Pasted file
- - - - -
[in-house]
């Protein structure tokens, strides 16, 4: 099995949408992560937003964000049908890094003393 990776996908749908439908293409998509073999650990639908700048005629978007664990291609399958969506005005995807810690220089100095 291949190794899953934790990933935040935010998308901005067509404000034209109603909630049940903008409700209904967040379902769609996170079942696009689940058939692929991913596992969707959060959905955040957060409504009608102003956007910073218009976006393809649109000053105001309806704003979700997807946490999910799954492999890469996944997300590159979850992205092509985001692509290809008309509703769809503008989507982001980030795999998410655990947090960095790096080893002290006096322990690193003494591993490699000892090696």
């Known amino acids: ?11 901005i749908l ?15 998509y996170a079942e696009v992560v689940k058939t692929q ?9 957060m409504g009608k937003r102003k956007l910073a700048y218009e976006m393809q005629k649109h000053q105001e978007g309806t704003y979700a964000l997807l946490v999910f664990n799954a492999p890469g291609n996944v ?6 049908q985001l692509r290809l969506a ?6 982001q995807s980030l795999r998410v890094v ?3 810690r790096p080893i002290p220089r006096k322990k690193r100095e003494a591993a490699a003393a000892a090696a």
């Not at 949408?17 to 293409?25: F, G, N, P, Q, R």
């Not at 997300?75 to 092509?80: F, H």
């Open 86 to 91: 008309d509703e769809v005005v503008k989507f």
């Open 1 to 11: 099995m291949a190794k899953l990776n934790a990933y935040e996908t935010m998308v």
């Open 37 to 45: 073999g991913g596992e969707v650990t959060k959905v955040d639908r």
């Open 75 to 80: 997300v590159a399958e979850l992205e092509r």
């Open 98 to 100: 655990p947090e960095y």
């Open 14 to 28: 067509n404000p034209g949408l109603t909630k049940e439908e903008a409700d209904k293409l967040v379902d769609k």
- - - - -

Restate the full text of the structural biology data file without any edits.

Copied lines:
[in-house]
């Protein structure tokens, strides 16, 4: 099995949408992560937003964000049908890094003393 990776996908749908439908293409998509073999650990639908700048005629978007664990291609399958969506005005995807810690220089100095 291949190794899953934790990933935040935010998308901005067509404000034209109603909630049940903008409700209904967040379902769609996170079942696009689940058939692929991913596992969707959060959905955040957060409504009608102003956007910073218009976006393809649109000053105001309806704003979700997807946490999910799954492999890469996944997300590159979850992205092509985001692509290809008309509703769809503008989507982001980030795999998410655990947090960095790096080893002290006096322990690193003494591993490699000892090696």
């Known amino acids: ?11 901005i749908l ?15 998509y996170a079942e696009v992560v689940k058939t692929q ?9 957060m409504g009608k937003r102003k956007l910073a700048y218009e976006m393809q005629k649109h000053q105001e978007g309806t704003y979700a964000l997807l946490v999910f664990n799954a492999p890469g291609n996944v ?6 049908q985001l692509r290809l969506a ?6 982001q995807s980030l795999r998410v890094v ?3 810690r790096p080893i002290p220089r006096k322990k690193r100095e003494a591993a490699a003393a000892a090696a």
């Not at 949408?17 to 293409?25: F, G, N, P, Q, R």
């Not at 997300?75 to 092509?80: F, H």
């Open 86 to 91: 008309d509703e769809v005005v503008k989507f």
């Open 1 to 11: 099995m291949a190794k899953l990776n934790a990933y935040e996908t935010m998308v």
């Open 37 to 45: 073999g991913g596992e969707v650990t959060k959905v955040d639908r």
């Open 75 to 80: 997300v590159a399958e979850l992205e092509r």
């Open 98 to 100: 655990p947090e960095y």
């Open 14 to 28: 067509n404000p034209g949408l109603t909630k049940e439908e903008a409700d209904k293409l967040v379902d769609k």